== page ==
Rovio inks pact with Idea for Angry Birds

Rovio - the parent company of Angry Birds, has struck a carrier-billing deal with mobile operator Idea Cellular, the first of many partnerships in India aiming to monetise the growing games market i...
Rovio inks pact with Idea for Angry Birds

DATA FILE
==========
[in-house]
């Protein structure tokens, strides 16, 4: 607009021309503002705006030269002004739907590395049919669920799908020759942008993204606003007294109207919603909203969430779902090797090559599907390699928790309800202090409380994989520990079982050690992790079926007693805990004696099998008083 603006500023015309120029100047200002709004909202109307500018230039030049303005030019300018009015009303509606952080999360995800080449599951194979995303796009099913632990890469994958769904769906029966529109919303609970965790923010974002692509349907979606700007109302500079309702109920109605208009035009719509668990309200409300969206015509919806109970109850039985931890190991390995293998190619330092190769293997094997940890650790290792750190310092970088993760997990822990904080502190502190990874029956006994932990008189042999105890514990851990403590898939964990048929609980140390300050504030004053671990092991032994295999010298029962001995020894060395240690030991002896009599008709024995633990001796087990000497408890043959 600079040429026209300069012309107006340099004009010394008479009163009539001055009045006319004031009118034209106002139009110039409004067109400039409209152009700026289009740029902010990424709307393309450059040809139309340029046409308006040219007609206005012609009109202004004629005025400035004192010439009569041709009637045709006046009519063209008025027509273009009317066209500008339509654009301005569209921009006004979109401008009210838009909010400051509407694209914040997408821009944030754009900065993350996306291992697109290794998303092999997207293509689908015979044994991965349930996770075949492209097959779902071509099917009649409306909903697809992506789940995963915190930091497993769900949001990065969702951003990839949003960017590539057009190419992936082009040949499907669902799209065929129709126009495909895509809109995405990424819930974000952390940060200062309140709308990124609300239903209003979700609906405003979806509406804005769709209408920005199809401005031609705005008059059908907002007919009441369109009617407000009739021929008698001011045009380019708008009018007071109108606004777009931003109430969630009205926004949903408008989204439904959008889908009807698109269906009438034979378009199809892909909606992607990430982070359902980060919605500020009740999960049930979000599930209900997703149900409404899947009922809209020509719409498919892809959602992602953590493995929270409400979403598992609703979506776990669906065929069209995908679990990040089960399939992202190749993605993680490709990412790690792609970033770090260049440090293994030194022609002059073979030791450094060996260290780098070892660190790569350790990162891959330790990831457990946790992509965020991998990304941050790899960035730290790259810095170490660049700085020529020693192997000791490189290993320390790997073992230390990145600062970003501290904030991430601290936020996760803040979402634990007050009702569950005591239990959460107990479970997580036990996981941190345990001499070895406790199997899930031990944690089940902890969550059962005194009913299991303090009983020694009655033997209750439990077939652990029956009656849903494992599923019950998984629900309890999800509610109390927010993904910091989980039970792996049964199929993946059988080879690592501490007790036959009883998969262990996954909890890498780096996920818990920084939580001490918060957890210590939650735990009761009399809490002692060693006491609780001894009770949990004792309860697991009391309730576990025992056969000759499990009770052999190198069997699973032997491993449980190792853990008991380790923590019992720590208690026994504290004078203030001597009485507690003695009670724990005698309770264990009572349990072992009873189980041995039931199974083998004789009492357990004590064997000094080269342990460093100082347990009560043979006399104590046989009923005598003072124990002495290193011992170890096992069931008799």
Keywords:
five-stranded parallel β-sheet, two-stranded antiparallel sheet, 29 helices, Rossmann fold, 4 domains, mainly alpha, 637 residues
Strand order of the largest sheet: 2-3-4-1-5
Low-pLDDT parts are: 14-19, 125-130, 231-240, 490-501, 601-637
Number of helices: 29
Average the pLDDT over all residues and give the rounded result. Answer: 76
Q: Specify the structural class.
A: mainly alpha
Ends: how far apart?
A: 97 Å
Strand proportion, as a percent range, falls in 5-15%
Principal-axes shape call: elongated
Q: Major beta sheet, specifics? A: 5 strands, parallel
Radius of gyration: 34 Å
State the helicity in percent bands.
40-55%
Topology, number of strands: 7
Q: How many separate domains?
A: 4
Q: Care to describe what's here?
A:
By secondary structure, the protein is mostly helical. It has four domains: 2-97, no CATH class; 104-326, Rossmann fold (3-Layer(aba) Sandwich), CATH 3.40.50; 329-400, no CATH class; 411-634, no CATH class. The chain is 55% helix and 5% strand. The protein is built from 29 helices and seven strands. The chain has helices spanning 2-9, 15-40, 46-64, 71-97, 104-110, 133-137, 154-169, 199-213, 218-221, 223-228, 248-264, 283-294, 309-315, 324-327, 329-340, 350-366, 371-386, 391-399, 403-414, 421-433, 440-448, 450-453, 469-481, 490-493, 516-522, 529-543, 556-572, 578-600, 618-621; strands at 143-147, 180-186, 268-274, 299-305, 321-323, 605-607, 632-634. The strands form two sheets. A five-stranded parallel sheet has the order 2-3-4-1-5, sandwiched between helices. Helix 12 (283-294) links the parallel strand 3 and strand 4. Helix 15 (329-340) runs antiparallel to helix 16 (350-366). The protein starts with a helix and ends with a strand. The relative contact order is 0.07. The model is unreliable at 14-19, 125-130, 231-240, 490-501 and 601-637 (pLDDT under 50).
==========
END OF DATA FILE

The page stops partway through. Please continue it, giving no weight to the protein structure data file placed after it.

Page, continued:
Rovio – the parent company of Angry Birds, has struck a carrier-billing deal with mobile operator Idea Cellular, the first of many partnerships in India aiming to monetise the growing games market in the country. "It's hard to monetise a free game in a market where there is limited credit card usage. So, we have struck a carrier-billing deal with Idea. We also have sachet pricing in India with our games in the market," said Alex Lambeek, chief commercial officer at Rovio. India has 7-8 million active Angry Birds users, Lambeek said. This is Rovio's first carrier billing deal in the world. As a part of the deal, Idea will enable in-application purchases for Angry Birds Classic and Angry Birds 2.0, the latest version of the game. The tie-up with Idea will let customers download these games from a co-branded portal. Games downloaded from this portal will have in-built operator charging mechanism for all in-app purchases, which gamers would need during the game play," Shashi Shankar, chief marketing officer at Idea Cellular, said in an email to ET. "While playing the game, if the user needs extra birds or new spells to destroy, the user can easily purchase the gems, which is the currency of the game, through the Idea prepaid balance or the post-paid account." "Games downloaded from this portal will have in-built operator charging mechanism for all in-app purchases, which gamers would need during the game play," Shashi Shankar, chief marketing officer at Idea Cellular, said in an email. "While playing the game, if the user needs extra birds or new spells to destroy, the user can easily purchase the gems, which is the currency of the game, through the Idea prepaid balance or the post-paid account." The monetisation drive comes at a time when Candy Crush-maker King Digital Entertainment agreed to a $5.9 billion acquisition offer from Activision Blizzard.

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